Friday, June 30, 2006


Just finished watching the bogus flag burning amendment debate. As engineered, it lost by one vote. This was such an obvious and meaningless political ploy.
I happen to be one who thinks that over time, the first amendment has been stretched to cover so much more than the political speech that it was designed to protect that all expression is free from government regulation (unless it involves money, apparently). The burning of the American flag is one of those acts that was prohibited by statute until sometime in the 60's, I believe, when the supreme court ruled it as protected speech. This decision, along with a number of others at the time, was part of a pattern that made the first amendment a principle that effectively barred any statutory regulation of public behavior, so long that the behavior did not have an immediate physical or monetary damage upon some individual or "protected" group of individuals. It relegated the principle of limits on free speech being said to include "yelling FIRE! in a crowded theater" to simply that; limited only when the detrimental effects are immediate and catastrophic in nature. Up until then, I think that there was a general belief in a more expansive interpretation of this principle. Some limits were seen as legitimate when the expression was particularly gratuitous and its results demonstrably deleterious to society at large. The question of "redeeming social value" was brought into play, often in a disingenuous manner, the sometimes hilarious result being 55 minute porn movies with a cheesy looking guy posing as a "sexologist" or something for a few minutes of introduction. Maybe the embarrassment of having to pass judgment on too many of these movies finally was what moved the supremes to effectively get rid of any and all limits on speech, but we were at last left with limits only to what is sold to (as opposed to exposed to) minors. Today we have a system where authorities are powerless to stop groups of apparently deranged people from harassing a family trying to bury a son who died for their country.
In any case, the position that this complete capitulation to the idea of complete freedom of expression is one that needs at least some reactive remedy is one that I share. However, if one shares this belief, a constitutional amendment banning flag burning would certainly do little to further this idea in law. For one thing, it is a tacit admission that the first amendment legitimately covers flag burning since the flag amendment exempts the burning from the first amendment. It may indeed prohibit flag burning, per se, but it would encourage (or at least not discourage) the use of the first amendment to cover any and all other outrageous acts.
If then the amendment is worth abandoning the principle in order to accomplish the end specified, I would assume that it is all important to its supporters that as few flags as possible burn. Notice one thing. Most of the file footage that accompanies recent stories on this subject are obviously quite dated. This is because almost nobody burns flags anymore! The people who truly hate this country have moved on to far worse things, and those who only kind of hate it have wised up enough to know that at least faking love of country is a far more rewarding course of action for any groups cause. Ix-nay on the age-flay uning-bay.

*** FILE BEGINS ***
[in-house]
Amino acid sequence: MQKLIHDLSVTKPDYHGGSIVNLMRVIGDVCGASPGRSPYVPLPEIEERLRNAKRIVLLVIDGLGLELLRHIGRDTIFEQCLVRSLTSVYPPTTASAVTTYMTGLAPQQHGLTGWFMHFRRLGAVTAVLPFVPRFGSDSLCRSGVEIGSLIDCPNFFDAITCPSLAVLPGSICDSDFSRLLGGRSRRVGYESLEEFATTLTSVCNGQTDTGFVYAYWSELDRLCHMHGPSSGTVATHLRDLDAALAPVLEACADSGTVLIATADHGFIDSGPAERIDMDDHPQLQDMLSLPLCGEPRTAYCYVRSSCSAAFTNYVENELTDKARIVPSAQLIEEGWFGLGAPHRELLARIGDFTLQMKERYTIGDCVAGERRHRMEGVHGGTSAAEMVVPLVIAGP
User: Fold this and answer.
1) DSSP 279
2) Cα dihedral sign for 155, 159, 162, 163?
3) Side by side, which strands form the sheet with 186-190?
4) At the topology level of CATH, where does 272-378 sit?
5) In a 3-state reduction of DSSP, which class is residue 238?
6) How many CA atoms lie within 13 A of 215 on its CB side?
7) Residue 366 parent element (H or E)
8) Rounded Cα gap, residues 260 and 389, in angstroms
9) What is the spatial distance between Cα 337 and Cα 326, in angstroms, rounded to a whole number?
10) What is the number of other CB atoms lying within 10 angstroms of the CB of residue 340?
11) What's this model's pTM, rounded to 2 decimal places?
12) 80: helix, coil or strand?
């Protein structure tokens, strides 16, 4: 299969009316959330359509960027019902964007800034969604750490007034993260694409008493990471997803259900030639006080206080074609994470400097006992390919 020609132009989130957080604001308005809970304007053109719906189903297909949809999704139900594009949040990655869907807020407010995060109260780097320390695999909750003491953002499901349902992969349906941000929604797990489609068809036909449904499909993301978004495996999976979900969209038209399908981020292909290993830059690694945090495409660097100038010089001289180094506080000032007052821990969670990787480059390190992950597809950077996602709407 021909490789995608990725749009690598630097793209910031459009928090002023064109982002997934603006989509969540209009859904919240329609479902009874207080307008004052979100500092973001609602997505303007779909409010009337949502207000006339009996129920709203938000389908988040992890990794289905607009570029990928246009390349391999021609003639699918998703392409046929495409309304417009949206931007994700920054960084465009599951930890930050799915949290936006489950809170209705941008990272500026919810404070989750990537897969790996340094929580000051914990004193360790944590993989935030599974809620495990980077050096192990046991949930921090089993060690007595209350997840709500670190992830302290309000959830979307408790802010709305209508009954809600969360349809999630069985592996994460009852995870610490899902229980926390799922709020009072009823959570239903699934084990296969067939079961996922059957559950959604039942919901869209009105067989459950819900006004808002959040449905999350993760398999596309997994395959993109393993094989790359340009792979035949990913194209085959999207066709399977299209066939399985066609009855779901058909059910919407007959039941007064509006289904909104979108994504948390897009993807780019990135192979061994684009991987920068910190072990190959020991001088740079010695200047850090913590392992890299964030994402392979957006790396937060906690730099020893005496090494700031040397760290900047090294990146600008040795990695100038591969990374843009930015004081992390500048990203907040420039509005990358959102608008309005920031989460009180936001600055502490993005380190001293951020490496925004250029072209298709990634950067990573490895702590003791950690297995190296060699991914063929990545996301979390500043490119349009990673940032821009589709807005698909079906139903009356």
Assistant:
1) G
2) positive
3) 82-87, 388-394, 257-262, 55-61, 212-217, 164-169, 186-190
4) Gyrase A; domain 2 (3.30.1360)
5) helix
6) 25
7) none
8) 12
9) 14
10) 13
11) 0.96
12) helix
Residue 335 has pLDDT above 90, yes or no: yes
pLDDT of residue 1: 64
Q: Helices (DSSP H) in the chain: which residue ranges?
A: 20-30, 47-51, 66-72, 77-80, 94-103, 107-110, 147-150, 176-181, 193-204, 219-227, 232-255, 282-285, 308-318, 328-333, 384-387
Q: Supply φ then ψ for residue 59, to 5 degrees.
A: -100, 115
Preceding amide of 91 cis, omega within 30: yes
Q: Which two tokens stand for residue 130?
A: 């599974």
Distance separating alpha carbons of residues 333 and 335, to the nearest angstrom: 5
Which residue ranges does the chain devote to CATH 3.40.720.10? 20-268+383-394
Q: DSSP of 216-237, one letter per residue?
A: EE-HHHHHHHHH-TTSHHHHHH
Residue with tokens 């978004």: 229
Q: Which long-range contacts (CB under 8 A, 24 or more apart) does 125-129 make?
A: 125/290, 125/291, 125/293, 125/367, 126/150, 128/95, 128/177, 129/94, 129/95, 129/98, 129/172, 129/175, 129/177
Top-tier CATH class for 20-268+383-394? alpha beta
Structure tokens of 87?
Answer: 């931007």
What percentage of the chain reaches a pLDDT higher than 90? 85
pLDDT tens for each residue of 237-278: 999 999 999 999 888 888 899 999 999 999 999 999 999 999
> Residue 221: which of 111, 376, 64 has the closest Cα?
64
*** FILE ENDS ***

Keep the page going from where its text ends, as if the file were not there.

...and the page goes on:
So few flags are nowadays actually ever burned in this country. Now think. What do you suppose would happen the day after any anti flag burning aendment went into effect? Quiet universal compliance? Not quite. Flag burning would gain a new prominence and, egged on by an outraged media, American flags everywhere would burn on in a smug orgy of civil disobedience. All this and little if anything accomplished.
This is not to say that those who voted this down are clean in any way. The converse argument also applies. Contrary to some Democrats protestations that they just hate the burning of flags but that they hate the gutting of the first amendment more, the amendment removes the first amendment from the equation. If passed this would not be a weakening of it, but an exemtion from it. One can only surmise that the vote against it was a sop to those who actually do admire those burn flags, or at least to those whose knee jerk reaction is to comfort and abet those who do.


This is the blog of your standard middle-age, middle-class, middle-bow American who's constant complaints about society and government has finally reached the limits of what his family alone can tolerate. And so, dear Reader, it is your turn. Here you may find golden nuggets of wisdom, cogent incisive commentary and all the rambling diatribes you could possibly desire. So, as this my first attempt at this art form, please forgive the obvious pitfalls common to new blogs and bear with me.